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Re: starship-design: Pellet track

Hello Isaac,

>>If the pellets are slow moving, then what is the use of pellets?
>>Catching pellets like this, will not give a significant energy advantage
>>over taking the pellets with you (=attached to the starship) from the start.
>The advantages are:
>1. You only have to accelerate the unfueled ship.

But you have to do more trouble to add momentum from the pellets.
The higher their relative velocity, the more energy is needed to add an
equal amount of momentum. (dE=0.5*dp*v)
In a self-fueled ship you don't have this problem, the mass that is on board
has zero relative velocity and thus momentum can be added much easier.

My guess it that both effects cancel out.
As long as you use the same amount of mass as for a self-fueled ship, a
pellet track design needs just as much energy!

However if you use more mass, and thus add less momentum per unit of weight,
then you can indeed save energy.

Steve VanDevender and I have a similar dilemma. If one has unlimited amounts
of energy then using high exhaust velocities (ie. adding lots of momentum to
small amounts of mass) is the best solution. However in reality we usually
have lots of mass and limited amounts of energy. In these cases it is
usually best to add  little energy to huge amounts of mass. 

Since most designs take the mass with them, their mass is limited and their
energy is limited, so one has to find a way somewhere in the middle.

What I didn't think of during all these years of starship discussion, is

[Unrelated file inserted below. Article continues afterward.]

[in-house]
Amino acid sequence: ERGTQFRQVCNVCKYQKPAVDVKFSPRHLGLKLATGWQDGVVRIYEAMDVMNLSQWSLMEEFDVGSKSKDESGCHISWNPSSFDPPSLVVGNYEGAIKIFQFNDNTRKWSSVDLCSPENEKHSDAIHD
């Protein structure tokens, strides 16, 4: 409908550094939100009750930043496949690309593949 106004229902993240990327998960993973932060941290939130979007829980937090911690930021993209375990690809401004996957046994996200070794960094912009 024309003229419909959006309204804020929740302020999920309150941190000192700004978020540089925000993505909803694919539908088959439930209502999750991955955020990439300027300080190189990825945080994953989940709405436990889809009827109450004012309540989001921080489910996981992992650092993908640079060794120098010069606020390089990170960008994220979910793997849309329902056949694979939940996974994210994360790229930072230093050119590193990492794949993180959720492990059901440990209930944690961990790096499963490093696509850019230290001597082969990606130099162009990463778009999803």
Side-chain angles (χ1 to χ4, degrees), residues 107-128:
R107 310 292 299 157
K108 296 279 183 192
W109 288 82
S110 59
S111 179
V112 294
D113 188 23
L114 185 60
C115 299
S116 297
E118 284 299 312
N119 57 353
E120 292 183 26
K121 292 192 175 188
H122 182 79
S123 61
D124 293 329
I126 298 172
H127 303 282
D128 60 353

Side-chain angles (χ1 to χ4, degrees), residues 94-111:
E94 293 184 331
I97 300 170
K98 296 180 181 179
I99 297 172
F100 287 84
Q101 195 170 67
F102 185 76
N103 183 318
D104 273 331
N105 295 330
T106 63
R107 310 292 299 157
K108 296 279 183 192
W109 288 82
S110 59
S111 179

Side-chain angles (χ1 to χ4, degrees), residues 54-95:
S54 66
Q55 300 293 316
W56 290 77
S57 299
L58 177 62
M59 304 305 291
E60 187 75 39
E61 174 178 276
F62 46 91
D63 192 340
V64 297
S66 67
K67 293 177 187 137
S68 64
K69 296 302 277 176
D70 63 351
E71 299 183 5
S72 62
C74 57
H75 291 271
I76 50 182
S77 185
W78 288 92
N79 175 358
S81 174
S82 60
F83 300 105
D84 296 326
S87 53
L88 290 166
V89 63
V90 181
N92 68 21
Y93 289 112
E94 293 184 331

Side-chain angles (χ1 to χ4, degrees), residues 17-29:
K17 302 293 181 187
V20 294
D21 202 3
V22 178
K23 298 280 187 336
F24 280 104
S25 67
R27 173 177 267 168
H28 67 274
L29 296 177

that the pellet track can have quite large amounts of mass. That would mean
that much less energy is needed.
On the other hand you'd have quite unlimited amounts of fusion energy too.
The only disadvantage is that you've to start making the track years in
advance, depending on the lenght of the acceleration track and the velocity
of the pellets.

>2. You don't have to bend over backwards trying to ignite fusion (since
>   you're using the pellet's kinetic energy).  It's actually _easier_
>   to implement a fusion ramjet than it is to implement a onboard
>   fusion drive.

Why is it easier?

>3. The fuel requirements for a given cruise velocity go up roughly
>   linearly, as opposed to exponentially for a fusion drive.

With "fusion drive" I assume you mean a design that takes all its fuel with it.
You have to specify what you mean with fuel: mass or energy
The energy (not mass) requirements for a selffueled design do not increase
exponentially, but with a 3th power.

I'm not so sure that a pellet track uses linearly more fuel if it increases
its cruising velocity. My guess is that it will be 3th power too.
Can you show/explain me why you think it will increase linearly?

>4. The effort involved may be spread over a long period of time.
>   For the acceleration track, this might not be much of an issue,
>   because all the time spent setting up the acceleration track
>   is simply delaying the completion of the mission that much
>   longer.  For the deceleration track, this is a critical bonus
>   because you can manufacture and send fuel packet drones over
>   a period of years while the starship is progressing toward
>   the target system.

Ah, this is new as far as I know. The pellets catch up with the starship
instead of vice versa.
That indeed decreases the track preparation time.

>>Still you have to launch the pellets many many years in advance.
>No, I assume that all resources prior to launch were devoted to
>the acceleration track and the starship itself.

Yes, now I understand. I assumed the pellets would have a slower velocity
than the ships cruising speed.